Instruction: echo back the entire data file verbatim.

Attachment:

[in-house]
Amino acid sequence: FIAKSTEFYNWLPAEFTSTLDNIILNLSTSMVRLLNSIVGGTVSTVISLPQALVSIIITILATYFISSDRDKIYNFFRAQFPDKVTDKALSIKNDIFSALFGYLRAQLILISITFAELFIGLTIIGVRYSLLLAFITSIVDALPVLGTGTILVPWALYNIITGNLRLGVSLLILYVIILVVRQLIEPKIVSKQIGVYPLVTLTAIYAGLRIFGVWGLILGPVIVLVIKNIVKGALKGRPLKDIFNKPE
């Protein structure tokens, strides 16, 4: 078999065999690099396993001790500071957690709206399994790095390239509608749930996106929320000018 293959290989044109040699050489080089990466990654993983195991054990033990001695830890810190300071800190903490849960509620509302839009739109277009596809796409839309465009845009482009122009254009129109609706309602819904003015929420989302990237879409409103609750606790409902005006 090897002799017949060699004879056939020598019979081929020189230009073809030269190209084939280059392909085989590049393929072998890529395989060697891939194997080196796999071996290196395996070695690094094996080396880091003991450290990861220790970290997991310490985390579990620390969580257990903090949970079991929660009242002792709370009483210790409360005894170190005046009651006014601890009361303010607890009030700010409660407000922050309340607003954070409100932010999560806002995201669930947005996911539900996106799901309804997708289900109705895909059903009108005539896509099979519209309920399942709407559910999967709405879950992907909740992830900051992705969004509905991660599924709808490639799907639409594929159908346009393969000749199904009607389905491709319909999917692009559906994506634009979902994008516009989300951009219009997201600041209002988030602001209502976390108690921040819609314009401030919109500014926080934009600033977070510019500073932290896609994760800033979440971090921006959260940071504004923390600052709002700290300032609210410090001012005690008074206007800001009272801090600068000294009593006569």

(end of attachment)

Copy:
[in-house]
Amino acid sequence: FIAKSTEFYNWLPAEFTSTLDNIILNLSTSMVRLLNSIVGGTVSTVISLPQALVSIIITILATYFISSDRDKIYNFFRAQFPDKVTDKALSIKNDIFSALFGYLRAQLILISITFAELFIGLTIIGVRYSLLLAFITSIVDALPVLGTGTILVPWALYNIITGNLRLGVSLLILYVIILVVRQLIEPKIVSKQIGVYPLVTLTAIYAGLRIFGVWGLILGPVIVLVIKNIVKGALKGRPLKDIFNKPE
């Protein structure tokens, strides 16, 4: 078999065999690099396993001790500071957690709206399994790095390239509608749930996106929320000018 293959290989044109040699050489080089990466990654993983195991054990033990001695830890810190300071800190903490849960509620509302839009739109277009596809796409839309465009845009482009122009254009129109609706309602819904003015929420989302990237879409409103609750606790409902005006 090897002799017949060699004879056939020598019979081929020189230009073809030269190209084939280059392909085989590049393929072998890529395989060697891939194997080196796999071996290196395996070695690094094996080396880091003991450290990861220790970290997991310490985390579990620390969580257990903090949970079991929660009242002792709370009483210790409360005894170190005046009651006014601890009361303010607890009030700010409660407000922050309340607003954070409100932010999560806002995201669930947005996911539900996106799901309804997708289900109705895909059903009108005539896509099979519209309920399942709407559910999967709405879950992907909740992830900051992705969004509905991660599924709808490639799907639409594929159908346009393969000749199904009607389905491709319909999917692009559906994506634009979902994008516009989300951009219009997201600041209002988030602001209502976390108690921040819609314009401030919109500014926080934009600033977070510019500073932290896609994760800033979440971090921006959260940071504004923390600052709002700290300032609210410090001012005690008074206007800001009272801090600068000294009593006569």